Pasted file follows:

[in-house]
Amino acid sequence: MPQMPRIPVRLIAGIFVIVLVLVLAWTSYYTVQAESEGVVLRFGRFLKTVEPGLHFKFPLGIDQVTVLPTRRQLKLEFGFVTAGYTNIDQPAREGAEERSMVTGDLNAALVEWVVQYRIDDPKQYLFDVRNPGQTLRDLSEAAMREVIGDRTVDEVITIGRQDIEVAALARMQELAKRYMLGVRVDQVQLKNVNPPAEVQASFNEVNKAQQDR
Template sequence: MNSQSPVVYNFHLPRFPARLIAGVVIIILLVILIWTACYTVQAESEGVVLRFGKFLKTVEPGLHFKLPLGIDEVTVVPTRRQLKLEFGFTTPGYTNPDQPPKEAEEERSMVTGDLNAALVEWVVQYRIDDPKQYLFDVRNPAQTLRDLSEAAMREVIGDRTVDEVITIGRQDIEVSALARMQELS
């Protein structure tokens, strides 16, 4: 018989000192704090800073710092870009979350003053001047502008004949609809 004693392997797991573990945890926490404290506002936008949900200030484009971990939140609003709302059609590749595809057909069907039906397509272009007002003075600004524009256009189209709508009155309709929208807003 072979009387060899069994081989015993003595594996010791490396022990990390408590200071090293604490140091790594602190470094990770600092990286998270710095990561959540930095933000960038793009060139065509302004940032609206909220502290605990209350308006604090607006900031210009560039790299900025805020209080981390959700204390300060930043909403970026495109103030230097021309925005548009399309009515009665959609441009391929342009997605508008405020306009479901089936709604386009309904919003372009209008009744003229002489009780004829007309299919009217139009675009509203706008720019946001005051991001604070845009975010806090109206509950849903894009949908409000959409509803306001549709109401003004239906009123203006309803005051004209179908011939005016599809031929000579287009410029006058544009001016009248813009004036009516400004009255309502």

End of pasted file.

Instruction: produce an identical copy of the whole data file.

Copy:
[in-house]
Amino acid sequence: MPQMPRIPVRLIAGIFVIVLVLVLAWTSYYTVQAESEGVVLRFGRFLKTVEPGLHFKFPLGIDQVTVLPTRRQLKLEFGFVTAGYTNIDQPAREGAEERSMVTGDLNAALVEWVVQYRIDDPKQYLFDVRNPGQTLRDLSEAAMREVIGDRTVDEVITIGRQDIEVAALARMQELAKRYMLGVRVDQVQLKNVNPPAEVQASFNEVNKAQQDR
Template sequence: MNSQSPVVYNFHLPRFPARLIAGVVIIILLVILIWTACYTVQAESEGVVLRFGKFLKTVEPGLHFKLPLGIDEVTVVPTRRQLKLEFGFTTPGYTNPDQPPKEAEEERSMVTGDLNAALVEWVVQYRIDDPKQYLFDVRNPAQTLRDLSEAAMREVIGDRTVDEVITIGRQDIEVSALARMQELS
């Protein structure tokens, strides 16, 4: 018989000192704090800073710092870009979350003053001047502008004949609809 004693392997797991573990945890926490404290506002936008949900200030484009971990939140609003709302059609590749595809057909069907039906397509272009007002003075600004524009256009189209709508009155309709929208807003 072979009387060899069994081989015993003595594996010791490396022990990390408590200071090293604490140091790594602190470094990770600092990286998270710095990561959540930095933000960038793009060139065509302004940032609206909220502290605990209350308006604090607006900031210009560039790299900025805020209080981390959700204390300060930043909403970026495109103030230097021309925005548009399309009515009665959609441009391929342009997605508008405020306009479901089936709604386009309904919003372009209008009744003229002489009780004829007309299919009217139009675009509203706008720019946001005051991001604070845009975010806090109206509950849903894009949908409000959409509803306001549709109401003004239906009123203006309803005051004209179908011939005016599809031929000579287009410029006058544009001016009248813009004036009516400004009255309502």